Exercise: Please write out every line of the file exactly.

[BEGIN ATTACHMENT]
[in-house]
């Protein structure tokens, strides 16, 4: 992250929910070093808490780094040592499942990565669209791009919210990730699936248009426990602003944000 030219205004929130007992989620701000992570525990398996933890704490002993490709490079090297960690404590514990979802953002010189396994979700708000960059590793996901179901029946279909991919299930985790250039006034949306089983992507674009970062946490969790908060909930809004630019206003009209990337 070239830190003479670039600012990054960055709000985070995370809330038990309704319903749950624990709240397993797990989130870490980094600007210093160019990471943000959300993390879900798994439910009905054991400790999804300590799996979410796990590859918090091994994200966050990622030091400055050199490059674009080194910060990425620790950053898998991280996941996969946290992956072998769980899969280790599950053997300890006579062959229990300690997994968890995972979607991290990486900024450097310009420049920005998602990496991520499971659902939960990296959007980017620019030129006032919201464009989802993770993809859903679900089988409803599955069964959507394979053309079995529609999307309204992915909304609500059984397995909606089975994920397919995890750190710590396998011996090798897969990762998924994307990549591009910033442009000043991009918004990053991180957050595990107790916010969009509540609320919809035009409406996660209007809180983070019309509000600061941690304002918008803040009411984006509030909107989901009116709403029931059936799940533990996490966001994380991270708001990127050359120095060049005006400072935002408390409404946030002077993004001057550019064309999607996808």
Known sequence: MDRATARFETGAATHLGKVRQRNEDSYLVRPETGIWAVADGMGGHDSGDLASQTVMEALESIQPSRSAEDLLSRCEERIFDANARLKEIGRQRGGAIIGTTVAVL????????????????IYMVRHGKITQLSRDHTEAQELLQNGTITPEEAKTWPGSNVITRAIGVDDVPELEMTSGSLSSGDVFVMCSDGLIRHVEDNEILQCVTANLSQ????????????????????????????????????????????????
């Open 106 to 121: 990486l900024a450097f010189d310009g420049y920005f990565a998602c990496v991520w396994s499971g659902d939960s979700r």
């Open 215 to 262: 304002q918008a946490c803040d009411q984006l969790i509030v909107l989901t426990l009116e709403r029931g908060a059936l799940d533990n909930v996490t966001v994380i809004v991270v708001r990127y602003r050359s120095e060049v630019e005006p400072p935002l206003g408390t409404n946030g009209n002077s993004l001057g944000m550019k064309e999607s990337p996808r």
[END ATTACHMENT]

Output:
[in-house]
């Protein structure tokens, strides 16, 4: 992250929910070093808490780094040592499942990565669209791009919210990730699936248009426990602003944000 030219205004929130007992989620701000992570525990398996933890704490002993490709490079090297960690404590514990979802953002010189396994979700708000960059590793996901179901029946279909991919299930985790250039006034949306089983992507674009970062946490969790908060909930809004630019206003009209990337 070239830190003479670039600012990054960055709000985070995370809330038990309704319903749950624990709240397993797990989130870490980094600007210093160019990471943000959300993390879900798994439910009905054991400790999804300590799996979410796990590859918090091994994200966050990622030091400055050199490059674009080194910060990425620790950053898998991280996941996969946290992956072998769980899969280790599950053997300890006579062959229990300690997994968890995972979607991290990486900024450097310009420049920005998602990496991520499971659902939960990296959007980017620019030129006032919201464009989802993770993809859903679900089988409803599955069964959507394979053309079995529609999307309204992915909304609500059984397995909606089975994920397919995890750190710590396998011996090798897969990762998924994307990549591009910033442009000043991009918004990053991180957050595990107790916010969009509540609320919809035009409406996660209007809180983070019309509000600061941690304002918008803040009411984006509030909107989901009116709403029931059936799940533990996490966001994380991270708001990127050359120095060049005006400072935002408390409404946030002077993004001057550019064309999607996808």
Known sequence: MDRATARFETGAATHLGKVRQRNEDSYLVRPETGIWAVADGMGGHDSGDLASQTVMEALESIQPSRSAEDLLSRCEERIFDANARLKEIGRQRGGAIIGTTVAVL????????????????IYMVRHGKITQLSRDHTEAQELLQNGTITPEEAKTWPGSNVITRAIGVDDVPELEMTSGSLSSGDVFVMCSDGLIRHVEDNEILQCVTANLSQ????????????????????????????????????????????????
């Open 106 to 121: 990486l900024a450097f010189d310009g420049y920005f990565a998602c990496v991520w396994s499971g659902d939960s979700r």
């Open 215 to 262: 304002q918008a946490c803040d009411q984006l969790i509030v909107l989901t426990l009116e709403r029931g908060a059936l799940d533990n909930v996490t966001v994380i809004v991270v708001r990127y602003r050359s120095e060049v630019e005006p400072p935002l206003g408390t409404n946030g009209n002077s993004l001057g944000m550019k064309e999607s990337p996808r």